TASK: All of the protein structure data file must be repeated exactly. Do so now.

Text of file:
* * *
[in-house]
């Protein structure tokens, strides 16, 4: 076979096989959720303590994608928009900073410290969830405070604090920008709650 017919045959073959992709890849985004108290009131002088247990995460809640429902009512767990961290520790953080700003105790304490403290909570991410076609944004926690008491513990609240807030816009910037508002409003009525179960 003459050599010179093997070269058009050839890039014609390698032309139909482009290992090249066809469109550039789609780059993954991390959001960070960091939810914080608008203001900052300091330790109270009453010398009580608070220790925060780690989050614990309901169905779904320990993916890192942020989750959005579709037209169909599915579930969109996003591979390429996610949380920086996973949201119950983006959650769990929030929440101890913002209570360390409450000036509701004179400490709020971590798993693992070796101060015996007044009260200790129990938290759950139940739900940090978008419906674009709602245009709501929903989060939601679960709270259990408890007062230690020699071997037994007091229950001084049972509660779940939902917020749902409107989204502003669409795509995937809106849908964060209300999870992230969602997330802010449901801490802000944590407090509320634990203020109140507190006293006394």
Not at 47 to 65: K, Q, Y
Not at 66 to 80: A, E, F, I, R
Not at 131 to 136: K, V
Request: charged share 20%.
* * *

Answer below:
[in-house]
């Protein structure tokens, strides 16, 4: 076979096989959720303590994608928009900073410290969830405070604090920008709650 017919045959073959992709890849985004108290009131002088247990995460809640429902009512767990961290520790953080700003105790304490403290909570991410076609944004926690008491513990609240807030816009910037508002409003009525179960 003459050599010179093997070269058009050839890039014609390698032309139909482009290992090249066809469109550039789609780059993954991390959001960070960091939810914080608008203001900052300091330790109270009453010398009580608070220790925060780690989050614990309901169905779904320990993916890192942020989750959005579709037209169909599915579930969109996003591979390429996610949380920086996973949201119950983006959650769990929030929440101890913002209570360390409450000036509701004179400490709020971590798993693992070796101060015996007044009260200790129990938290759950139940739900940090978008419906674009709602245009709501929903989060939601679960709270259990408890007062230690020699071997037994007091229950001084049972509660779940939902917020749902409107989204502003669409795509995937809106849908964060209300999870992230969602997330802010449901801490802000944590407090509320634990203020109140507190006293006394």
Not at 47 to 65: K, Q, Y
Not at 66 to 80: A, E, F, I, R
Not at 131 to 136: K, V
Request: charged share 20%.